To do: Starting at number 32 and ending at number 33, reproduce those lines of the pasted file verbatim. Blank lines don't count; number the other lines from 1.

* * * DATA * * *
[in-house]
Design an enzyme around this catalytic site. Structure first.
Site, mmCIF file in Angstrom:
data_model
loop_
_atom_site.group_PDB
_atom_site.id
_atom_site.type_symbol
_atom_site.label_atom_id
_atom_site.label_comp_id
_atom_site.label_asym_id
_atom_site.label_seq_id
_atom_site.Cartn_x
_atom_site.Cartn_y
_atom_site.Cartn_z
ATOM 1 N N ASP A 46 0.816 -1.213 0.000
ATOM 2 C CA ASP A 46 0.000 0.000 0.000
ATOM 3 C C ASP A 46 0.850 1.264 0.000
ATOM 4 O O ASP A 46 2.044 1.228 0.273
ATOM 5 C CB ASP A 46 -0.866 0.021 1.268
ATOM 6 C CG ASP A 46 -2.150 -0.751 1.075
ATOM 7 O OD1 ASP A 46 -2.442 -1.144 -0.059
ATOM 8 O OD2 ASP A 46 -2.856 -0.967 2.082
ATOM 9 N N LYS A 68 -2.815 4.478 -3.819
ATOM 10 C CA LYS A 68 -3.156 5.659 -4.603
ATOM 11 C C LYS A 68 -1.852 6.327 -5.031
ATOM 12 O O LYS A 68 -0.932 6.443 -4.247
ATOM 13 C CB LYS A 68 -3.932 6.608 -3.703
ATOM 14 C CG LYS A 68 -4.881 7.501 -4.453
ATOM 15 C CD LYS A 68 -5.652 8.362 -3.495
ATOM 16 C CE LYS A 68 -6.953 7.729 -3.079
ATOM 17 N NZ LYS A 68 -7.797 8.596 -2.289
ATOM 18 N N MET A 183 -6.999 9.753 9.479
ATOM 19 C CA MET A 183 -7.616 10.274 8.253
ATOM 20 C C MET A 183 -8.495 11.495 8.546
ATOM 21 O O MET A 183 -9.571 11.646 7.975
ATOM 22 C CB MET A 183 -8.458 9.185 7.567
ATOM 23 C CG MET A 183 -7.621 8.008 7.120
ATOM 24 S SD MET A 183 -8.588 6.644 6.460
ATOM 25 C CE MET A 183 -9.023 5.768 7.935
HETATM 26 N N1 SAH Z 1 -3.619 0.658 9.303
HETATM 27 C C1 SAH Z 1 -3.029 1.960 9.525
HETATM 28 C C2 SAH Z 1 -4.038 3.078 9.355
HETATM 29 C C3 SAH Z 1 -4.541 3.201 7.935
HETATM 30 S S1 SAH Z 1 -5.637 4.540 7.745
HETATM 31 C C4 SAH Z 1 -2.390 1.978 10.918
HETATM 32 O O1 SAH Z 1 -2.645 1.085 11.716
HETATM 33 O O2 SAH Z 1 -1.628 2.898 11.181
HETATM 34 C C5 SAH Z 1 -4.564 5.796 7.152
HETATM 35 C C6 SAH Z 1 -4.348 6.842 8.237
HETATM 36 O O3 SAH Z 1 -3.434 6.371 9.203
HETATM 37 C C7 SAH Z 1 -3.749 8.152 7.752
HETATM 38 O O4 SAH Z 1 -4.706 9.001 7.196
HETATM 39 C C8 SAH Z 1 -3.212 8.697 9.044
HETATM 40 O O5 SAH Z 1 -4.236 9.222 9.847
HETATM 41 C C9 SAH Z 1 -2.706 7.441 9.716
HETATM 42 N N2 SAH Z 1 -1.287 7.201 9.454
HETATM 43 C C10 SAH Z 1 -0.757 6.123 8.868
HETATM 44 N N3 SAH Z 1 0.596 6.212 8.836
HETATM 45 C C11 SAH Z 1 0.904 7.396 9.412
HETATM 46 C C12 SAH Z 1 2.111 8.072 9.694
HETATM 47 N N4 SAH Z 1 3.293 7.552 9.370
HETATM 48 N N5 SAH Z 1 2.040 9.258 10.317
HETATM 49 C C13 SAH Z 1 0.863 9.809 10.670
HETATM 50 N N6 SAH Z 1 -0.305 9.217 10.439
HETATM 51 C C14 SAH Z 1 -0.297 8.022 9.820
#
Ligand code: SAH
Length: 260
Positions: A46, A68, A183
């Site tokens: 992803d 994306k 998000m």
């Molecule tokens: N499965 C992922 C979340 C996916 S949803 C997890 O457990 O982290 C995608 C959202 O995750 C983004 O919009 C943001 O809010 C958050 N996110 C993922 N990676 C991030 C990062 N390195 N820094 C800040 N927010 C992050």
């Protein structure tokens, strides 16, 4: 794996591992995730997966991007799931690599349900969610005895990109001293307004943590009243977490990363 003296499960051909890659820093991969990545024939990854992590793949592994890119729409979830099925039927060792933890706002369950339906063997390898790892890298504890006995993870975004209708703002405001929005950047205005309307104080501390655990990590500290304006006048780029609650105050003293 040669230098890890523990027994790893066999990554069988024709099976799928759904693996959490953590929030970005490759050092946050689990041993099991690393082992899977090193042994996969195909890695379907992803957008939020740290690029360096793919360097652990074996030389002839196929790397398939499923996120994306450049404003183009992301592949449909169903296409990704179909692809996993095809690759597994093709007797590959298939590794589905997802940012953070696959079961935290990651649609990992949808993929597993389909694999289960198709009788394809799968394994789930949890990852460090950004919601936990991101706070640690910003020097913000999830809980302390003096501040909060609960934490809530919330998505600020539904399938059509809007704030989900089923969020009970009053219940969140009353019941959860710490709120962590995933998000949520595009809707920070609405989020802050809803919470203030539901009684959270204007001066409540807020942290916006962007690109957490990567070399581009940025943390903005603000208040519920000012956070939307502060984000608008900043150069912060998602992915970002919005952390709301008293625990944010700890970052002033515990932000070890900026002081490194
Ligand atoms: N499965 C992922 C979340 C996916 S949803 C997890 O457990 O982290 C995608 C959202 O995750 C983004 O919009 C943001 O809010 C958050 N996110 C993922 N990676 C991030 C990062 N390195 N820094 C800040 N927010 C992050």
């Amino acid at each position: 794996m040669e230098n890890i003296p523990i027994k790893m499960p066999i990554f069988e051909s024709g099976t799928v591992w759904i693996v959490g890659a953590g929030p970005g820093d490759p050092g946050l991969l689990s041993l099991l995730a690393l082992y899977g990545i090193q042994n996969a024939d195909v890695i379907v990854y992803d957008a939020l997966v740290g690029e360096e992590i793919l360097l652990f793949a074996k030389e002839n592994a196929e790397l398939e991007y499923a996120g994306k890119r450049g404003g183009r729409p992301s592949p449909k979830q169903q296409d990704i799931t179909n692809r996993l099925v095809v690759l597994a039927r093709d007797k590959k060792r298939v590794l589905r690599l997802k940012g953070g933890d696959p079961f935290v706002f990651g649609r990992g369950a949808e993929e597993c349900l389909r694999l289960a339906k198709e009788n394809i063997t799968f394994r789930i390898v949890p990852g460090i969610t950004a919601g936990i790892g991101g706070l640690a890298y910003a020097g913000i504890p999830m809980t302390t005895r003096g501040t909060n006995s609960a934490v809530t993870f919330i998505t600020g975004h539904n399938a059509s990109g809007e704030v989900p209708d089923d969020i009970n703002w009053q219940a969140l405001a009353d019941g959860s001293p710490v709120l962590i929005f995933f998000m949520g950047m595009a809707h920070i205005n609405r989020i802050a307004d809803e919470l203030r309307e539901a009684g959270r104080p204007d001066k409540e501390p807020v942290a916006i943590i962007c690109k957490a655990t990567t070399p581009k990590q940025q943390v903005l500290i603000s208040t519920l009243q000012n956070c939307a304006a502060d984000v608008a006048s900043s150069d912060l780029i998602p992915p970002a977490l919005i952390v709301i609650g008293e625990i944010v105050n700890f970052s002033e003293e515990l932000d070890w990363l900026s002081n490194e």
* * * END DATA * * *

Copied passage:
ATOM 17 N NZ LYS A 68 -7.797 8.596 -2.289
ATOM 18 N N MET A 183 -6.999 9.753 9.479